D. We cannot abdicate any aspect of preaching and “leave it to the Spirit.”  I have seen this logic in several variations.  There is the “I will do the explaining, but leave the application to the Spirit” idea – this is not good thinking.  The Spirit is involved in your study, your explanation and your application.  (What you can’t do is force change inside your listeners, that is His exclusive domain.)  Equally, there is the “I will do the content, but I will leave the engaging of listeners’ attention and interest to the Spirit” excuse for being a dull communicator.  Again, poor thinking.  We need to be leaning on the Spirit’s help in every aspect of sermon preparation and delivery.  We cannot hand over one part of that, any more than we can push out the Spirit and claim to handle any part on our own.

There are many other myths I could ponder, but I will leave it there for this series.  Thanks for your comments, conversation, sharing, etc. – it is all appreciated.

Preaching Myths – Part 7

Following on from the last myth, here’s another:

7. A sermon is the output of a mechanical process

Almost every preaching textbook offers a sequence of steps that lead from the text to the pulpit. Some books use seven, eight or ten, others perhaps fourteen or more.  The number is not the point.  The sequence of steps can give the impression that you put the Bible text in at one end of the machine, crank on the handle and out pops a good biblical sermon.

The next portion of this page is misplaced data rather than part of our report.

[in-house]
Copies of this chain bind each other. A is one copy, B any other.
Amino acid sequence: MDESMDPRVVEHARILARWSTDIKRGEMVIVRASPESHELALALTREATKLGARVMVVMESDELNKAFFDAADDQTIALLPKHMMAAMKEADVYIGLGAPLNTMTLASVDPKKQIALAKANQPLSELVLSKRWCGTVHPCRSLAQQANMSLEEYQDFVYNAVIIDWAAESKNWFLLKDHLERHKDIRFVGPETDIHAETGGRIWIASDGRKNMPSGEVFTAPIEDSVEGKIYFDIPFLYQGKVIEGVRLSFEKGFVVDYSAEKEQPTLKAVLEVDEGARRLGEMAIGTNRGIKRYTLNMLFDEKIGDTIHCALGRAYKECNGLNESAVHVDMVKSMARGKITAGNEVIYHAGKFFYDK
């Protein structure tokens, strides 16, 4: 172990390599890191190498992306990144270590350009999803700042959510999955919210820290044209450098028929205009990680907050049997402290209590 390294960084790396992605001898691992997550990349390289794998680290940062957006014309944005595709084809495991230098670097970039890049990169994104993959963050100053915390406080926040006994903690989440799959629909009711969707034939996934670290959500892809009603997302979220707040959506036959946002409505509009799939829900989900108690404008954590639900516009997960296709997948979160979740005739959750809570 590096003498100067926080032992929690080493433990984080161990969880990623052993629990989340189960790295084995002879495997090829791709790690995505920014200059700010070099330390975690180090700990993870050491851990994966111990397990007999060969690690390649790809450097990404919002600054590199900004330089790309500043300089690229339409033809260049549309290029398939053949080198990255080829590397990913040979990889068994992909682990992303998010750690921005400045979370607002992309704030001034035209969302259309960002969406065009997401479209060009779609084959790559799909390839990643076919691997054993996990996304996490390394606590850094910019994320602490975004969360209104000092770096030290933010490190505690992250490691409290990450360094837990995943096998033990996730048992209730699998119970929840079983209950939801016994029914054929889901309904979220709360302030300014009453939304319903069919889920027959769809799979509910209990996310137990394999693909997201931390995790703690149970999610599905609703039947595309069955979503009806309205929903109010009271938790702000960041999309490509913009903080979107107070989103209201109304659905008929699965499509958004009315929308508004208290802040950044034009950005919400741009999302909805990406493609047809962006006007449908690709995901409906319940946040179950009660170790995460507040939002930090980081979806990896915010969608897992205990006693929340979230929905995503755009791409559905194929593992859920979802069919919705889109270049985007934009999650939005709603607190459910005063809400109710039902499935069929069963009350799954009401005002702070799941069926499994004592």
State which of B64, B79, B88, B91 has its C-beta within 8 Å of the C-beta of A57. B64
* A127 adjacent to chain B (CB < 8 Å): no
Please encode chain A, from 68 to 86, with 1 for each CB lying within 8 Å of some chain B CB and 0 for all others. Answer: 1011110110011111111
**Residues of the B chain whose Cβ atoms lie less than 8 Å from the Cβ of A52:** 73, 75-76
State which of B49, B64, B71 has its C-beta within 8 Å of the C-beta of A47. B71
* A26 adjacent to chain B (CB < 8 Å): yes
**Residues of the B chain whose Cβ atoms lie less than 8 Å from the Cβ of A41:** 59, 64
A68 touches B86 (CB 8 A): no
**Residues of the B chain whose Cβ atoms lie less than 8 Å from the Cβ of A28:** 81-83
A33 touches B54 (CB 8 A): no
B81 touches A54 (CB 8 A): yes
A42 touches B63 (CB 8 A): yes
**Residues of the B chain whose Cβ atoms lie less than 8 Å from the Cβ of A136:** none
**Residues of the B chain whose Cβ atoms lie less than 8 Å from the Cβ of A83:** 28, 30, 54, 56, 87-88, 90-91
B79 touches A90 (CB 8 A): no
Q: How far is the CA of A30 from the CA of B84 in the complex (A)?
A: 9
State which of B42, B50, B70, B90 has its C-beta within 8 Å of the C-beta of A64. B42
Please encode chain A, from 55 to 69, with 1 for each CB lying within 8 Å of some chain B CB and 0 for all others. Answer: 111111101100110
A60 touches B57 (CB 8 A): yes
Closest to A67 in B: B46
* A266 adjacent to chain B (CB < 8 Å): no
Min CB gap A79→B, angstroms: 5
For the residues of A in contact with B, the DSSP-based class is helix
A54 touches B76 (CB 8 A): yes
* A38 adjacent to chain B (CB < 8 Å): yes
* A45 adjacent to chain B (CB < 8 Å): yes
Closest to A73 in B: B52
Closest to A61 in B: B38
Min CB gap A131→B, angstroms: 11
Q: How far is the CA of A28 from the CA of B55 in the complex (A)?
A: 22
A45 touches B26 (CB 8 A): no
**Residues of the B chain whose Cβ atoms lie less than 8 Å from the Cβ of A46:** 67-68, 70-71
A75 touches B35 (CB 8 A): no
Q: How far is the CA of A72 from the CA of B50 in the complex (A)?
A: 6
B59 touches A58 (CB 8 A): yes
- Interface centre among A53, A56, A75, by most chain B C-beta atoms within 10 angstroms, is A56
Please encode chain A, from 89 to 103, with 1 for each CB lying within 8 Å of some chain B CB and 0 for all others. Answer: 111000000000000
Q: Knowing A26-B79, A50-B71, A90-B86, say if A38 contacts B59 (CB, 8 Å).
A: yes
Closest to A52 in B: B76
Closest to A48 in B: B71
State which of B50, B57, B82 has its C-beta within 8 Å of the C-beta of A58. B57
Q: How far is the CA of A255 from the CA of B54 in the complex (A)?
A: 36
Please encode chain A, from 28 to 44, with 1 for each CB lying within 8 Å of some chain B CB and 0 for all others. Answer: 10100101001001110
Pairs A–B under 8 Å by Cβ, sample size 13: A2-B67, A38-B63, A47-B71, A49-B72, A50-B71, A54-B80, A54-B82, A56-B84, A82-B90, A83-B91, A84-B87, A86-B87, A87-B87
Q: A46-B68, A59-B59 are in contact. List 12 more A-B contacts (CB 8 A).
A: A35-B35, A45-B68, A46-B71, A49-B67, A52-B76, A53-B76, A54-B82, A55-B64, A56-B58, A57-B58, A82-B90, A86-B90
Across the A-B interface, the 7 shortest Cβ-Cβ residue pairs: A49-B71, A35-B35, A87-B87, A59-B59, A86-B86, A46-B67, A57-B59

A. There is a logical preparation process for a sermon.  While there may be different labels used in the various processes, there is also a logic to the process.  You have to select a passage before you can study it and determine its idea.  You have to understand the passage before you can think about formulating a sermon.  And so, at one level, the process is necessary.  Just as it is necessary to learn the basic skills and sequences for driving a car, so the textbooks give us a helpful breakdown of the sermon preparation process.  However, after driving a car for a quarter of a century, I am no longer repeating to myself “mirror-signal-maneuver” like I did at the start.  I’ve learned that driving is about much more than basic skills and sequencing.